This particular XD is known informally as the ‘XD 1/2’, which signifies that it received an electronic ignition system and Honda-engineered alloy cylinder head upgrade that was rolled out across the range in June 1980. The new alloy head did improve fuel economy for the 3.3L and 4.1L straight-6 engines, but you wouldn’t exactly call them economical because the old iron-head units were so utterly thirsty in the first place. Rather than being a completely different engine, the 3.3L six in this XD GL was achieved by simply grabbing a 4.1L engine and swapping out the pistons and connecting rods to shorten the stroke. The change didn’t improve fuel-economy a great deal, and unfortunately the power output dropped from 94kW (126hp) offered by the 4.1L, down to just 82kW (110hp) for the 3.3L. Perhaps even worse was the reduction in torque, which plummeted from 295Nm (218lb-ft) down to just 228Nm (168lb-ft). This reduction in power means that you really need to work the gears and throttle in a 3.3L XD in order to make progress. Still, back in the day you’d have struggled to find a better or cheaper car for family transport duties.
The ride and handling can be described as both comfortable and floaty, while the body will also exhibit quite a bit of roll when you start getting physical with the steering wheel – and you’ll need to, as the manual steering box is a huge 5.2 turns from lock to lock. This means simply maneuvering the XD through tight spaces or even attempting to quickly parallel park the thing is enough to raise a serious sweat. If I’m honest, the issue is made worse by the sticky vinyl seats and the complete lack of air-conditioning via the ventilation system, which always seems to throw warm air at you even if it is relatively cool outside. And Summer, you ask? Oh wow. Summer.
I’ve been in some hot cars during my life, but nothing could ever compare to driving a non-air-conditioned XD Falcon when the mercury is nudging 40ºC. At that temperature, life in the XD could only be described as murderous as I thundered along a country road at 100km/h. I think it was a combination of the superheated vinyl upholstery and the XD’s non-tinted large windows letting in what felt like the entire sun. I arrived at my destination medium-rare, pondering whether global warming has really made that much of a difference to the world’s temperature. Were the Summers more pleasant back in the 1980’s? If not, I simply can’t fathom who in their right mind would consider it acceptable to buy a car which doesn’t have air-conditioning – especially in Australia. I’d almost go so far as to call it dangerous.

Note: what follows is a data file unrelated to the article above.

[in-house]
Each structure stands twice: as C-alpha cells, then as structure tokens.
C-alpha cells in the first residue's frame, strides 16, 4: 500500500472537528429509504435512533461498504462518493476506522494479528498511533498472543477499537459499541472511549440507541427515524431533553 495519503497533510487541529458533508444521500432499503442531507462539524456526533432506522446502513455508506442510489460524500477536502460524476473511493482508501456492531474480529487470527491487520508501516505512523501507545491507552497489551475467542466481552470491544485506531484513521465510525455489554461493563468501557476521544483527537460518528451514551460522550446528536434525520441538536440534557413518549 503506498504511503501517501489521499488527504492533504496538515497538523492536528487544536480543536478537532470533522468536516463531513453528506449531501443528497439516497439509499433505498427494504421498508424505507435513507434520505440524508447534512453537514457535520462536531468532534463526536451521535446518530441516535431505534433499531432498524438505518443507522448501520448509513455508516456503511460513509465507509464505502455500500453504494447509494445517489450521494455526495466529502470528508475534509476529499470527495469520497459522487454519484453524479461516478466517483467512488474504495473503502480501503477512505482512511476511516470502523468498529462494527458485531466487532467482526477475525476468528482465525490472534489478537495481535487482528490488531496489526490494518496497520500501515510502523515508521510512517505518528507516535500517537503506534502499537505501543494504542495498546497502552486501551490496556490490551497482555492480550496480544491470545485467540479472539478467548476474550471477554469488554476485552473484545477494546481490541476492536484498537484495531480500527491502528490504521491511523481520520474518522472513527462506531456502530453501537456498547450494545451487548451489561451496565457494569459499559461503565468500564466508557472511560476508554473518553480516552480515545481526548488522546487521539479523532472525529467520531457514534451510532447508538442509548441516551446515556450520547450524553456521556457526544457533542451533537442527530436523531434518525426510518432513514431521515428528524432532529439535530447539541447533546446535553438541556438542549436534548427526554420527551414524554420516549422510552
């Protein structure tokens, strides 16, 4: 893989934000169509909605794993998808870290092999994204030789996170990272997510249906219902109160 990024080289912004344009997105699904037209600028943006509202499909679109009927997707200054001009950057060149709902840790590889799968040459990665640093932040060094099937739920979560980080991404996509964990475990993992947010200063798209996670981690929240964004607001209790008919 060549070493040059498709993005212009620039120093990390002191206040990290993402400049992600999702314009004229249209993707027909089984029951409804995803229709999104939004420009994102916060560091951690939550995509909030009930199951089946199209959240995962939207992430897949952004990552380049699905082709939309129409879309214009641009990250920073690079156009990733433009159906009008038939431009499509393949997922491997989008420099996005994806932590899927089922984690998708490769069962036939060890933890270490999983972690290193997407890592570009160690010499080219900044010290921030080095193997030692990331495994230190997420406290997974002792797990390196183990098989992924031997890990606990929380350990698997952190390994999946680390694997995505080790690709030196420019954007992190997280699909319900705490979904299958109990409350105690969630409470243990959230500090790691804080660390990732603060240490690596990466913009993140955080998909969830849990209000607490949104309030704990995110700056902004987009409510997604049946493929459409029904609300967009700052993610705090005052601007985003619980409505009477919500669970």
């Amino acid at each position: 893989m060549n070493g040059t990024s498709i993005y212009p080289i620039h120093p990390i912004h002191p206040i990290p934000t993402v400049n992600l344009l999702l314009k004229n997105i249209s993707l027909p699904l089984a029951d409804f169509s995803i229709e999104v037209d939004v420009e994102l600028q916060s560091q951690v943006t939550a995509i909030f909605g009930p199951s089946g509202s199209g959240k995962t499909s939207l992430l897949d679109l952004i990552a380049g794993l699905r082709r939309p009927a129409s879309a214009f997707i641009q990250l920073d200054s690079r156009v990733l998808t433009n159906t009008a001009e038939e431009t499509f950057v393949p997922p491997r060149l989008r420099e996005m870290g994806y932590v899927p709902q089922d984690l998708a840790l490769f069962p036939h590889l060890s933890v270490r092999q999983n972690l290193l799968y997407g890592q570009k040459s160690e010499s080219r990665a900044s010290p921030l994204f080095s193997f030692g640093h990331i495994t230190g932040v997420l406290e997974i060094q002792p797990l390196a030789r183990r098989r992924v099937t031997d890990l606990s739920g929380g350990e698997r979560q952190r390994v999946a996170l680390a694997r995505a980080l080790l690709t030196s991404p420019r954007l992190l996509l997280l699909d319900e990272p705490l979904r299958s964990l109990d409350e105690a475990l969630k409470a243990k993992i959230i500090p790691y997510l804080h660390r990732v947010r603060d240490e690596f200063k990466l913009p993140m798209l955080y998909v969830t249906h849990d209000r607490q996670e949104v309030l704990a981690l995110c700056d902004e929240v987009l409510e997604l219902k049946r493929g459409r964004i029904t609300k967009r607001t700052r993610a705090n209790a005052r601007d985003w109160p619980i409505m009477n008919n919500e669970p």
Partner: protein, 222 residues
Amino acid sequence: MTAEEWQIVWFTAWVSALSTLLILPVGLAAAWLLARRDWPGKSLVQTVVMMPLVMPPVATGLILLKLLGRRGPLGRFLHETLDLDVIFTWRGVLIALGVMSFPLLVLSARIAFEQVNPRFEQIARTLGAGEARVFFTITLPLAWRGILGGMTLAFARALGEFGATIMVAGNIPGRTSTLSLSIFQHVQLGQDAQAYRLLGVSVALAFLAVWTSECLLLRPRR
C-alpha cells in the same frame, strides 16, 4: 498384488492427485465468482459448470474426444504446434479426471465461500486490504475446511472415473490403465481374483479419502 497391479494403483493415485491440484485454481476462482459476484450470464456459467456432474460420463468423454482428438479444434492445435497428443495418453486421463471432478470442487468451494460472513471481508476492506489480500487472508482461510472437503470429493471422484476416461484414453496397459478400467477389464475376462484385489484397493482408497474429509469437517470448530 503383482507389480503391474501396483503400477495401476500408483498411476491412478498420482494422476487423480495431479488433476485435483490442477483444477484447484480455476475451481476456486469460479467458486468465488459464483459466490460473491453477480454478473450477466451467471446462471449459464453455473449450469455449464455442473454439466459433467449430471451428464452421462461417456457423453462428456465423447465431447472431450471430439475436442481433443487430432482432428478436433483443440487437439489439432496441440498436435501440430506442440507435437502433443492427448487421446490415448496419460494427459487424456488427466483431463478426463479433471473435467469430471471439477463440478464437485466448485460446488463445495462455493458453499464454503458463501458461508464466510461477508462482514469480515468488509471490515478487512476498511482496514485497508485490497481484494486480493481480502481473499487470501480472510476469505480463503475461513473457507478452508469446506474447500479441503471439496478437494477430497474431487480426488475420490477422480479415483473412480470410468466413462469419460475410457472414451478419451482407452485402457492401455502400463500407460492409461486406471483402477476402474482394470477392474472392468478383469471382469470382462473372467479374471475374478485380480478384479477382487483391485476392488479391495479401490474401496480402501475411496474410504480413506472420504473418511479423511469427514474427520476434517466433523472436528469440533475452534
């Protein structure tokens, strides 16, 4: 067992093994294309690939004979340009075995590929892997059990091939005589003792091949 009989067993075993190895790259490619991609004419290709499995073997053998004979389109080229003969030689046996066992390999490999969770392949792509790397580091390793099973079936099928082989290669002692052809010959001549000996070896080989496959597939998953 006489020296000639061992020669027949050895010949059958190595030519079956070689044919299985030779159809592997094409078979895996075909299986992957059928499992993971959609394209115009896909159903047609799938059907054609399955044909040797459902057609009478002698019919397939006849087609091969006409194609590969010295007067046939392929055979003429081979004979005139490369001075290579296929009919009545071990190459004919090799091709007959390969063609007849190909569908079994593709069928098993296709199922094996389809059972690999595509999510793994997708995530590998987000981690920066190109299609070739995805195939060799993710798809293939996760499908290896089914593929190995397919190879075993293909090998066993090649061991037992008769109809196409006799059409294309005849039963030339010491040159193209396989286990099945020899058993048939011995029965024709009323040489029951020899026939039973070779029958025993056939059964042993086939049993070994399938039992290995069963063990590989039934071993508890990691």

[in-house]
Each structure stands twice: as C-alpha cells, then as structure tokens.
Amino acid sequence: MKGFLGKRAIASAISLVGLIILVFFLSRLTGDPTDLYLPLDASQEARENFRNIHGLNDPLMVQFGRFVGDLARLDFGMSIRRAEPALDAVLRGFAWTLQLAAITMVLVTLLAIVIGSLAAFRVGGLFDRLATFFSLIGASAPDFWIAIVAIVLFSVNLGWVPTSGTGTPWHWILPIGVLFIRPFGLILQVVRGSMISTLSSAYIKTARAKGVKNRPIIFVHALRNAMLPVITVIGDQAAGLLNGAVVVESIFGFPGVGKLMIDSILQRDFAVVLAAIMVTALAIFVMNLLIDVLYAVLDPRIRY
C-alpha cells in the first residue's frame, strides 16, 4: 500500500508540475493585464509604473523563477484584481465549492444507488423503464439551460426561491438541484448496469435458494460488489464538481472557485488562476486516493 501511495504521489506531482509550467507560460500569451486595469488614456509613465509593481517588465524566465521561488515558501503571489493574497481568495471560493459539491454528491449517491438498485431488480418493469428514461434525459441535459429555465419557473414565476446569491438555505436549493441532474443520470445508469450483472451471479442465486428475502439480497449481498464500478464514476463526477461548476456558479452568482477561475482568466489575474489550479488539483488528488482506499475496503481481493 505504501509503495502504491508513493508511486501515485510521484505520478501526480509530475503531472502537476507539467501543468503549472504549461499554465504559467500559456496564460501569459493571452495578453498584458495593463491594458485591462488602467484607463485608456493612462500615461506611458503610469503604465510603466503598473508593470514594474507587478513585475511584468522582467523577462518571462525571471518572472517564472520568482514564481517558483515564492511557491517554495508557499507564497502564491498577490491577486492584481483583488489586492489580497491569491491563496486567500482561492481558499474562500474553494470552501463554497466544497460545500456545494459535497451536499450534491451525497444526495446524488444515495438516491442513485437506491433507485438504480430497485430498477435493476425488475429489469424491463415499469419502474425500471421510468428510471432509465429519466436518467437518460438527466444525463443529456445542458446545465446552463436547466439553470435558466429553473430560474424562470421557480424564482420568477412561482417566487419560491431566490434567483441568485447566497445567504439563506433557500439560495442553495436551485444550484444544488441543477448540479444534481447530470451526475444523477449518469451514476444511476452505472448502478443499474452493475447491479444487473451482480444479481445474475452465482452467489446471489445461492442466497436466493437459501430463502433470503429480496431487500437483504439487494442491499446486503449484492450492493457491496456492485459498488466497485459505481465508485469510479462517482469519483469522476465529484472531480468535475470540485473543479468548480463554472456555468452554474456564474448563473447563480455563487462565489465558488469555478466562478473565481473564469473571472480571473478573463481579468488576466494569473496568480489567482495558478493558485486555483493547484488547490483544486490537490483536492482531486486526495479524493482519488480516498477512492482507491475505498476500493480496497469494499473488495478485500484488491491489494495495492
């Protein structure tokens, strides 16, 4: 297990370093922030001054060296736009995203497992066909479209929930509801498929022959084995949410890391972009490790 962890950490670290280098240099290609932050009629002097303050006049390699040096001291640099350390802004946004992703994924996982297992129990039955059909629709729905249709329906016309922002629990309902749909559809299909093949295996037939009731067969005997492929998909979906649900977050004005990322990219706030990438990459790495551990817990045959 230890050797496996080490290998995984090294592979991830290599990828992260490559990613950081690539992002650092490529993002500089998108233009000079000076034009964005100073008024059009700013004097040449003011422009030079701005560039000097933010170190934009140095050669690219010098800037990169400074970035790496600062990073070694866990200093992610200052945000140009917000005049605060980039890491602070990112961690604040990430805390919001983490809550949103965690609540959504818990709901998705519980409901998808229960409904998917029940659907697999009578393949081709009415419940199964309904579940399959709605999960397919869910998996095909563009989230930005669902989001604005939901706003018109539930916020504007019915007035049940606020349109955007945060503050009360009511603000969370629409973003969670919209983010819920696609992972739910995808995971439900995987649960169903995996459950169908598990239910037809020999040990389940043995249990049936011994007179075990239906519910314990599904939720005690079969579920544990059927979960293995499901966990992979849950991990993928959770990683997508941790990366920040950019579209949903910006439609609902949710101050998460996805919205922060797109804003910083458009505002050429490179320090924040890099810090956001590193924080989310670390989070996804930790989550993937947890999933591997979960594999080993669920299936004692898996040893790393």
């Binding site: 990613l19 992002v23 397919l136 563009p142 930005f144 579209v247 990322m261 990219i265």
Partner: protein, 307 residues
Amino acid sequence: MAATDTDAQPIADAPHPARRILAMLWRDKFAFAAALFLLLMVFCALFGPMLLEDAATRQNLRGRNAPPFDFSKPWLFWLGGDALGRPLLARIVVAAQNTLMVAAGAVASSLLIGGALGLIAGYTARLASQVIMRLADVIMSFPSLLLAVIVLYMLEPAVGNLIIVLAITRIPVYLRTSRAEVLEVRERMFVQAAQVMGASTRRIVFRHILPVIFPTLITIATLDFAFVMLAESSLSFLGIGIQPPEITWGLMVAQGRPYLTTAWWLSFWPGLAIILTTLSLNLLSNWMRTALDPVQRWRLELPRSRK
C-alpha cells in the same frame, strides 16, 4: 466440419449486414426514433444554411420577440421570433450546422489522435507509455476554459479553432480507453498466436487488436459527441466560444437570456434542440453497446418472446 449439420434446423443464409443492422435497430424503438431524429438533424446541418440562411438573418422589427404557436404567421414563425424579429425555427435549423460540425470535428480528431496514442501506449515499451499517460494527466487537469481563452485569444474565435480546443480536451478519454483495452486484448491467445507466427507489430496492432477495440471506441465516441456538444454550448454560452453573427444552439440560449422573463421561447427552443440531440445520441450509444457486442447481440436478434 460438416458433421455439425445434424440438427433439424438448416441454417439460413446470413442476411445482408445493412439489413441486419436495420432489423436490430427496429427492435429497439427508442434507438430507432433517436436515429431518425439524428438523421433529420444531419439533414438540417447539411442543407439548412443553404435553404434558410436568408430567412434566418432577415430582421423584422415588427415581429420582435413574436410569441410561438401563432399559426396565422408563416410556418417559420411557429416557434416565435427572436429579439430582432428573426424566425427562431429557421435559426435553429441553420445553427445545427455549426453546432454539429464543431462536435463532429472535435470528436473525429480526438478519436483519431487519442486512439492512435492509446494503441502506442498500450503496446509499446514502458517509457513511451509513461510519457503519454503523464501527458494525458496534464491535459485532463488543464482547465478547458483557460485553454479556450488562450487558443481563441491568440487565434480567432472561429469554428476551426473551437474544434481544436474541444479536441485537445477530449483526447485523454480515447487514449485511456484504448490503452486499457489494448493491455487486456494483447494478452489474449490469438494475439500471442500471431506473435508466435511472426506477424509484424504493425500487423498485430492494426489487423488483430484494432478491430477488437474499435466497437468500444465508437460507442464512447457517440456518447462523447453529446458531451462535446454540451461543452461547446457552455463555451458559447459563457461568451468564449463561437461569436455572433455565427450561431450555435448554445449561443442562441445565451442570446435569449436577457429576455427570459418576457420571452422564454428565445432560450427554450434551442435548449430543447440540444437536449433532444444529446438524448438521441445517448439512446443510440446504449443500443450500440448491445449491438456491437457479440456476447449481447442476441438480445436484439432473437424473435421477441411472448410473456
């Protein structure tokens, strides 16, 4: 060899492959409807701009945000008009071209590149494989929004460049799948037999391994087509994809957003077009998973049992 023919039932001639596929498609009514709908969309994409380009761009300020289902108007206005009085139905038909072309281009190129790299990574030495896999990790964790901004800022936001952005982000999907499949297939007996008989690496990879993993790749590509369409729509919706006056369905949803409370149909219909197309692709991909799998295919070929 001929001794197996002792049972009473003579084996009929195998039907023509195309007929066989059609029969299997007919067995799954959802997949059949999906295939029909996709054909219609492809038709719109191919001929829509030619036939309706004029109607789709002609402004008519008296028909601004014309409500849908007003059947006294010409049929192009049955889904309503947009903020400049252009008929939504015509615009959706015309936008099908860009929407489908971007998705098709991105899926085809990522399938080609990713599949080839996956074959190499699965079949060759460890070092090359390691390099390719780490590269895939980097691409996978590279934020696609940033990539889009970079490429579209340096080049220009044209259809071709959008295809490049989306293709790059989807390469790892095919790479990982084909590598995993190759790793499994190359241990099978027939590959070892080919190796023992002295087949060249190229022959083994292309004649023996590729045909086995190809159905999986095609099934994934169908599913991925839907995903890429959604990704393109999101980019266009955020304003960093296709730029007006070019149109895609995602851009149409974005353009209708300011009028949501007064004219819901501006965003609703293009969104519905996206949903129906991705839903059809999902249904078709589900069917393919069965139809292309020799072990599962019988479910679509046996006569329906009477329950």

That pretty much sums up my ownership experience of the XD Falcon GL. One moment, I’d consider it to be a prime example of Australian engineering and ingenuity, while the next it’d be making an attempt on my life – either by trying to cook me alive or by initiating an accident by locking the rear drum brakes without warning. Mostly, it was a spacious and comfortable way to get around, yet also deeply flawed. Most of the time, it was slow, thirsty, and hard work.
It remains an iconic car which symbolises everything that made Ford Australia so successful and profitable back in the 80’s. But times have changed, and the XD GL also represents an era when budget, base-model family cars really weren’t that great.